The purpose of social security planning for a lot of people is to maximize the amount of money that they take out of social security. Here’s the problem, though: that should not be your goal.
Allow me to go off-tangent and offer a quick word of advice: don’t quit your job just to take social security. Work as long as you can. A lot of people that retire early wish they hadn’t and then find themselves stuck because they can’t re-enter the workforce. Also, it’s better to retire to something than from something. Simply retiring because you hate your job is a bad idea.
Now, back to our topic. Social security planning should be about maximizing your full retirement. The problem with social security planning, though, is that the most common advice is to push off your income until as late as possible. Based on my experience, I’d have to disagree with that.
First of all, where does the cash flow come from if you’re not taking it from social security? Your own portfolio—that’s where. This means you’re eroding your own personal portfolio in order to maximize a pension. Then when you die, that pension goes away. In essence, you’re basically betting on your pension lasting as long as possible, and that’s something you can’t know.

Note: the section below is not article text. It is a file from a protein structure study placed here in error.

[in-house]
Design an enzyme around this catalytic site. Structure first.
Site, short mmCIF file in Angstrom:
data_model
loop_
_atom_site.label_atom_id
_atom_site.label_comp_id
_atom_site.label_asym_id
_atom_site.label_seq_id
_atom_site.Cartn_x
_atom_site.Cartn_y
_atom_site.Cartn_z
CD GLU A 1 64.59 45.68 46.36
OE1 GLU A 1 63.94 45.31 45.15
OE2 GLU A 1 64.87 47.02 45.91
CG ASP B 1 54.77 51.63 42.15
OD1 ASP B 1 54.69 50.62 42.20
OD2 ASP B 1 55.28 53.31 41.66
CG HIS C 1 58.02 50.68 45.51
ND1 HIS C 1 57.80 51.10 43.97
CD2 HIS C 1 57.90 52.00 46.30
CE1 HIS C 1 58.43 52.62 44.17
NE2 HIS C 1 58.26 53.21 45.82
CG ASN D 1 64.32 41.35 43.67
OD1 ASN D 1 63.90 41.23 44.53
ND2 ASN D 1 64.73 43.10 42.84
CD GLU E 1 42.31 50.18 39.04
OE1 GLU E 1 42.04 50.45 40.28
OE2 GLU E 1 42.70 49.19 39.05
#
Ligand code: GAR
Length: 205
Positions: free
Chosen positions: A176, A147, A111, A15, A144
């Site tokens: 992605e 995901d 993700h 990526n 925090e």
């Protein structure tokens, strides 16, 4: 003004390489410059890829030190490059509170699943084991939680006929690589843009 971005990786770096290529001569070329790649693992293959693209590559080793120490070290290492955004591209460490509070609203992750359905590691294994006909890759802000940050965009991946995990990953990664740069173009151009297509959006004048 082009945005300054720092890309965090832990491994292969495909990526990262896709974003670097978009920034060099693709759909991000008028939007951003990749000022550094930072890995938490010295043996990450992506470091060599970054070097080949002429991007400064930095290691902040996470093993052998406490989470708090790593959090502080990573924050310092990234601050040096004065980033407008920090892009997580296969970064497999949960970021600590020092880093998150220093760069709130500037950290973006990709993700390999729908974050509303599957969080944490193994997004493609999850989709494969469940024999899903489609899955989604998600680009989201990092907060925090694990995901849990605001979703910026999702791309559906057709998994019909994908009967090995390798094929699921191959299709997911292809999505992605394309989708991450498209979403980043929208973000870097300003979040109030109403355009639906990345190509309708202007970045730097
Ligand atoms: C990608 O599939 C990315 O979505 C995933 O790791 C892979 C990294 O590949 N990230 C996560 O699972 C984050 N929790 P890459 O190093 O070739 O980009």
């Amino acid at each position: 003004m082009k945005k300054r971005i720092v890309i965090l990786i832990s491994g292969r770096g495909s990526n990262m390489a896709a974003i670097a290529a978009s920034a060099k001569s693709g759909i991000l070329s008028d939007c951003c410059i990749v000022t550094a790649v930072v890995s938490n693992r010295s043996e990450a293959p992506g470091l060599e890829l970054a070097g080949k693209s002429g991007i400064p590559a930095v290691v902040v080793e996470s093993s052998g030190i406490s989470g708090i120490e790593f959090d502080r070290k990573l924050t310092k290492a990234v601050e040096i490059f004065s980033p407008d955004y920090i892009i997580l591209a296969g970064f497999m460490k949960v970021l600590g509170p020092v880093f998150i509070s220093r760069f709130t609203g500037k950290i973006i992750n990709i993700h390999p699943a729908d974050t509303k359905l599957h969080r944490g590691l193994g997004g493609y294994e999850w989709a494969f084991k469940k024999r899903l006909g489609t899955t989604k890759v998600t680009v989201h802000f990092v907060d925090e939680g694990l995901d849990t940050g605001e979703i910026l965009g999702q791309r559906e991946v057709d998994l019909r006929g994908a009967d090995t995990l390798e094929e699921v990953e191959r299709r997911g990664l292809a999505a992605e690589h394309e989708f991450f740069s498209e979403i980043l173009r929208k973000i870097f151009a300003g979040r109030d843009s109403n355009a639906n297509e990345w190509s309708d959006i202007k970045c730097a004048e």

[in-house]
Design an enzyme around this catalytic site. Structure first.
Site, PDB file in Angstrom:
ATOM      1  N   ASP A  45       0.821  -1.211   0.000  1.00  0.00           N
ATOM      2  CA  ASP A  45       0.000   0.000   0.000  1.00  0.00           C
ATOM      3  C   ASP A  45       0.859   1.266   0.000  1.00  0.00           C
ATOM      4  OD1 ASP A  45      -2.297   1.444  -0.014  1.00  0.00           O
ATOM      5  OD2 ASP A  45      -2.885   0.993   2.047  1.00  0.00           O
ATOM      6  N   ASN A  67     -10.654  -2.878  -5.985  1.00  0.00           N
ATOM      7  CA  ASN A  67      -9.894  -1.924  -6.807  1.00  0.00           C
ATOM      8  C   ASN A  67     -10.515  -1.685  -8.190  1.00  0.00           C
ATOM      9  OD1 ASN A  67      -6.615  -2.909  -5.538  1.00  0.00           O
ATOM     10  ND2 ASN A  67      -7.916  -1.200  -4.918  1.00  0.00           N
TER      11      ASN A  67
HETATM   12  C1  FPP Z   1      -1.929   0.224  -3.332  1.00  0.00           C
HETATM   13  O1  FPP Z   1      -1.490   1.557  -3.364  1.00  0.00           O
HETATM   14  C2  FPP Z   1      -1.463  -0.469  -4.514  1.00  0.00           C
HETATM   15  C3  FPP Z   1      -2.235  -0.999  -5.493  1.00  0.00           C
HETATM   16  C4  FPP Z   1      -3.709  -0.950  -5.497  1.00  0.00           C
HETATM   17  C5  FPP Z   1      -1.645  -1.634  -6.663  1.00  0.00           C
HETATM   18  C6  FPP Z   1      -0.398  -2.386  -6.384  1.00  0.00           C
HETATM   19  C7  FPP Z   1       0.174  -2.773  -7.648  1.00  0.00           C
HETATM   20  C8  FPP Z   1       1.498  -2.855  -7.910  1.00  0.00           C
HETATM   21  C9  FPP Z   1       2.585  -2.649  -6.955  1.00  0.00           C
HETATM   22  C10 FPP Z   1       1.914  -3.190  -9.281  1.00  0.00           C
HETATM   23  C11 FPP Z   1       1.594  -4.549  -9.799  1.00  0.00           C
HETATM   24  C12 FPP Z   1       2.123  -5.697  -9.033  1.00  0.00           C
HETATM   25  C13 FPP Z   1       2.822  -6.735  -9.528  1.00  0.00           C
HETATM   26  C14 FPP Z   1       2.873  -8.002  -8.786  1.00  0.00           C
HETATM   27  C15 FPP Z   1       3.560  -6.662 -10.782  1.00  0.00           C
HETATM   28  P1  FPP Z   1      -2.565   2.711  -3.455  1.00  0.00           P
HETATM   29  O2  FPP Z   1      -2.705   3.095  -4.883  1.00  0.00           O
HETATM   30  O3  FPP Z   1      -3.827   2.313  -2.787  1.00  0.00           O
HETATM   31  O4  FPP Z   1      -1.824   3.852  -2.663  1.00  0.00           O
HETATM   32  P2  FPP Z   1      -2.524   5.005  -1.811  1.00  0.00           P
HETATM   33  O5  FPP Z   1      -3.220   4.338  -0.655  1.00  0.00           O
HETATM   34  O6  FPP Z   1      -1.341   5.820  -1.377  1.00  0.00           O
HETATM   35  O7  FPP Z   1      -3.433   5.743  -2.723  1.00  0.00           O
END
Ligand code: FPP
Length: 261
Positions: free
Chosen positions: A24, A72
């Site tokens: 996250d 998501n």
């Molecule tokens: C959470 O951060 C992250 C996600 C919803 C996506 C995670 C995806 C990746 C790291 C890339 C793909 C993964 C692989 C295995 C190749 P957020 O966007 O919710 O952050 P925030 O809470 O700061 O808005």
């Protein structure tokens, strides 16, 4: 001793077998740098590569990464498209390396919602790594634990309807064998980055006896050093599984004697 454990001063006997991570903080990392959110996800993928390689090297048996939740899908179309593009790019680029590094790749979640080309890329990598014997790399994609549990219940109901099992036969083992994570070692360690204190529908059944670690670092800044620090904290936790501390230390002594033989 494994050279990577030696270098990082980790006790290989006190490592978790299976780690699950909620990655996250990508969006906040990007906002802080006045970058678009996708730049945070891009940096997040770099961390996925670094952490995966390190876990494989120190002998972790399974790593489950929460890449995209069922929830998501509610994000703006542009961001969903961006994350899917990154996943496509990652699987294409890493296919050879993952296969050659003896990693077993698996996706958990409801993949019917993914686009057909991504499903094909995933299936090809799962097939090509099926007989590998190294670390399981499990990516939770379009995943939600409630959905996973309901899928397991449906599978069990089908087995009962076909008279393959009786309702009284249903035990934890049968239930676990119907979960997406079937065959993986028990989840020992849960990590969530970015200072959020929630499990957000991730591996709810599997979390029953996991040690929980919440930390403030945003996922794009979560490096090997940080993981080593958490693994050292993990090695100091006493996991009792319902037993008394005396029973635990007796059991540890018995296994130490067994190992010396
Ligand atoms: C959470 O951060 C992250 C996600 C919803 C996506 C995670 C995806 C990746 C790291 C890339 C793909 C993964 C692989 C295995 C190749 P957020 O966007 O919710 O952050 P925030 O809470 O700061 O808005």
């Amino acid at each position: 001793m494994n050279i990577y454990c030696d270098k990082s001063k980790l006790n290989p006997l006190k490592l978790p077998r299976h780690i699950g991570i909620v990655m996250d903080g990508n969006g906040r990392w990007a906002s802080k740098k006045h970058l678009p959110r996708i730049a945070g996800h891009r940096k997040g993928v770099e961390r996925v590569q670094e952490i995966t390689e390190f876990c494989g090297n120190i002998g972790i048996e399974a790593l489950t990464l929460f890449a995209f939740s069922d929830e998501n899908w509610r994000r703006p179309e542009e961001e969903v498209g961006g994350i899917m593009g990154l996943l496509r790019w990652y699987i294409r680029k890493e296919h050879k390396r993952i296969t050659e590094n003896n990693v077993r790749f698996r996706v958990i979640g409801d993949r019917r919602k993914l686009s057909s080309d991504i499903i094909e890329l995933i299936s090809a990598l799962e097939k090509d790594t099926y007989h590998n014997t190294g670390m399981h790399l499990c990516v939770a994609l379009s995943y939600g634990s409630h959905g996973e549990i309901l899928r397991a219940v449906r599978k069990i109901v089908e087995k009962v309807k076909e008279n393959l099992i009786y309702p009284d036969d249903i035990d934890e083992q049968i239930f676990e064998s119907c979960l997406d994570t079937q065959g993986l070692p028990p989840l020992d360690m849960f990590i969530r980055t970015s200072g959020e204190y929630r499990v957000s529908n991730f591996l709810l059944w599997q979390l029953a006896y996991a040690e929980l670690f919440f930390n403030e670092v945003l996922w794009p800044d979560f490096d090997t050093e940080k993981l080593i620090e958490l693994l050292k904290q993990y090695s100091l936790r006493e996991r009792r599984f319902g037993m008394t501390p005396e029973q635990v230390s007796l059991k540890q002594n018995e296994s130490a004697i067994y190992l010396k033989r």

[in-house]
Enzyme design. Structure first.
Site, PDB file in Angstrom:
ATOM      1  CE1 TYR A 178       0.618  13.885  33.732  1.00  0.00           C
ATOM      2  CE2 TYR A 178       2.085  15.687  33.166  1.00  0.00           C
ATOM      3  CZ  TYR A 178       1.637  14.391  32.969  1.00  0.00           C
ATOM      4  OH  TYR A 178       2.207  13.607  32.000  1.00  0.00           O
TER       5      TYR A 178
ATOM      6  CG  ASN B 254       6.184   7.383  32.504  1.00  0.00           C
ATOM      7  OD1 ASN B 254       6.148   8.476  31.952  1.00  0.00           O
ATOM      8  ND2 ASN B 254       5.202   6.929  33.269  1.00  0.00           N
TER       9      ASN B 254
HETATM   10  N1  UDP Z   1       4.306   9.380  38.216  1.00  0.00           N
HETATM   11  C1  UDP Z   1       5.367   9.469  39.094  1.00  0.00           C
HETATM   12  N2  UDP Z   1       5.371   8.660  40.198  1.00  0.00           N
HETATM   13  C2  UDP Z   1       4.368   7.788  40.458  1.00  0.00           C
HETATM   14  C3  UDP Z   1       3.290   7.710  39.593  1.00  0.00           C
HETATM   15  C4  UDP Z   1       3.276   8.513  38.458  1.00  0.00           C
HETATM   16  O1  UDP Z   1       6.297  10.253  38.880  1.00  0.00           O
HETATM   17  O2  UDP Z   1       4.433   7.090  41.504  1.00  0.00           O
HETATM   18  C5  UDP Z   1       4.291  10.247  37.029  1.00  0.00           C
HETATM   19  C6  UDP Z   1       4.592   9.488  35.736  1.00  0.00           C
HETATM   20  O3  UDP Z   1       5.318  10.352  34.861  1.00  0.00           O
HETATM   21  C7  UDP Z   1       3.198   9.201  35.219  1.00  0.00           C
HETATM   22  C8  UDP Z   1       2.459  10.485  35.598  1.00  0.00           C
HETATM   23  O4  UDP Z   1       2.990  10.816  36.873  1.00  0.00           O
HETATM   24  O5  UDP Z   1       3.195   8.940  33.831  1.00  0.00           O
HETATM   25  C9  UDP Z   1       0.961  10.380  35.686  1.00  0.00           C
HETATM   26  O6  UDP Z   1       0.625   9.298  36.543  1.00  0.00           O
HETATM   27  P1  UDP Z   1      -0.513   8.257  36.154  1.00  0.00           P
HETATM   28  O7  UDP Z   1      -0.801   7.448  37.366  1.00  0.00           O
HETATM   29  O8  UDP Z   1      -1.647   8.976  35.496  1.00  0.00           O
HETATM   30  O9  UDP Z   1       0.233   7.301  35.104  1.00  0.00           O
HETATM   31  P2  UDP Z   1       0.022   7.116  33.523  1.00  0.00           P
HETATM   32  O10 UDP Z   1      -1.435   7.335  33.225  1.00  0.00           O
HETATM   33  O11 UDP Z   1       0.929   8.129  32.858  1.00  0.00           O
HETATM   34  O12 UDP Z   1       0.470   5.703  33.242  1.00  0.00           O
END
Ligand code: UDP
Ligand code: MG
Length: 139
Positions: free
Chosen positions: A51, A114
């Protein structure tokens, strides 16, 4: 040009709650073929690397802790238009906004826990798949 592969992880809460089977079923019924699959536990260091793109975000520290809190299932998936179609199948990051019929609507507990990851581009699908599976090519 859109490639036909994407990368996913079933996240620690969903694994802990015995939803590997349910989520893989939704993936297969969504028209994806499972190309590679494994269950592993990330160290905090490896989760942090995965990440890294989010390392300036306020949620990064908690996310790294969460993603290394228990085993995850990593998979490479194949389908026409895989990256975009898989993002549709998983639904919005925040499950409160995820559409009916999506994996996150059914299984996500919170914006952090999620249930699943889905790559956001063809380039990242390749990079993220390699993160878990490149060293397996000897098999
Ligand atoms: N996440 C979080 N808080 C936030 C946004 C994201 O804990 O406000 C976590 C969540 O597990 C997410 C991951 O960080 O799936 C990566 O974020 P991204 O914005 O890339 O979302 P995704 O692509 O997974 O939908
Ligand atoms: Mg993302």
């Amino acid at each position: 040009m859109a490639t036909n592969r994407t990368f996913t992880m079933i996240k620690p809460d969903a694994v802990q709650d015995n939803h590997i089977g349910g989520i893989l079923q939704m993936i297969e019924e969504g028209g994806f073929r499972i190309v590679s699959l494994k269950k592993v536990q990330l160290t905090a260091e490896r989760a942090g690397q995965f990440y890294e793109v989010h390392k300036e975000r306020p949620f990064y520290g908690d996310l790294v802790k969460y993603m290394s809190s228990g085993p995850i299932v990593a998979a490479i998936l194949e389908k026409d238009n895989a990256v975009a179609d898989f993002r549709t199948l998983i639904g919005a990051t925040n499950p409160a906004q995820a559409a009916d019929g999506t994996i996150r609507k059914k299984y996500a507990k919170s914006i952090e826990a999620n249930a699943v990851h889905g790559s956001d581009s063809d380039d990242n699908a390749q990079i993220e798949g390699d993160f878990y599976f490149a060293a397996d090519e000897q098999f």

If you take your social security at your earliest retirement age, there’s usually a break-even period of about eight to 10 years before you get back the increase. In other words, if you’re taking $2,000 a month now, and you wait to get $2,500 a month, you’d only get an extra $500 a month. That $2,000 a month multiplied by five years, though, is $120,000. What’s $120,000 divided by $500? You do the math.
The reality here is that you’ve lost out on four or five years of revenue in order to get an extra $500. That doesn’t make a lot of sense unless you’re positive you’re going to live into your 90s. That’s a dubious assumption. Even if you do live into your 90s, the money that would’ve stayed in your portfolio and grown while you’re taking money from social security is going to be a far bigger number than the extra amount you’re going to extract from social security.
Remember—social security is part of retirement planning, but it’s not the whole picture.
If you have any questions about this topic, please feel free to reach out to me by phone or email. I look forward to speaking with you!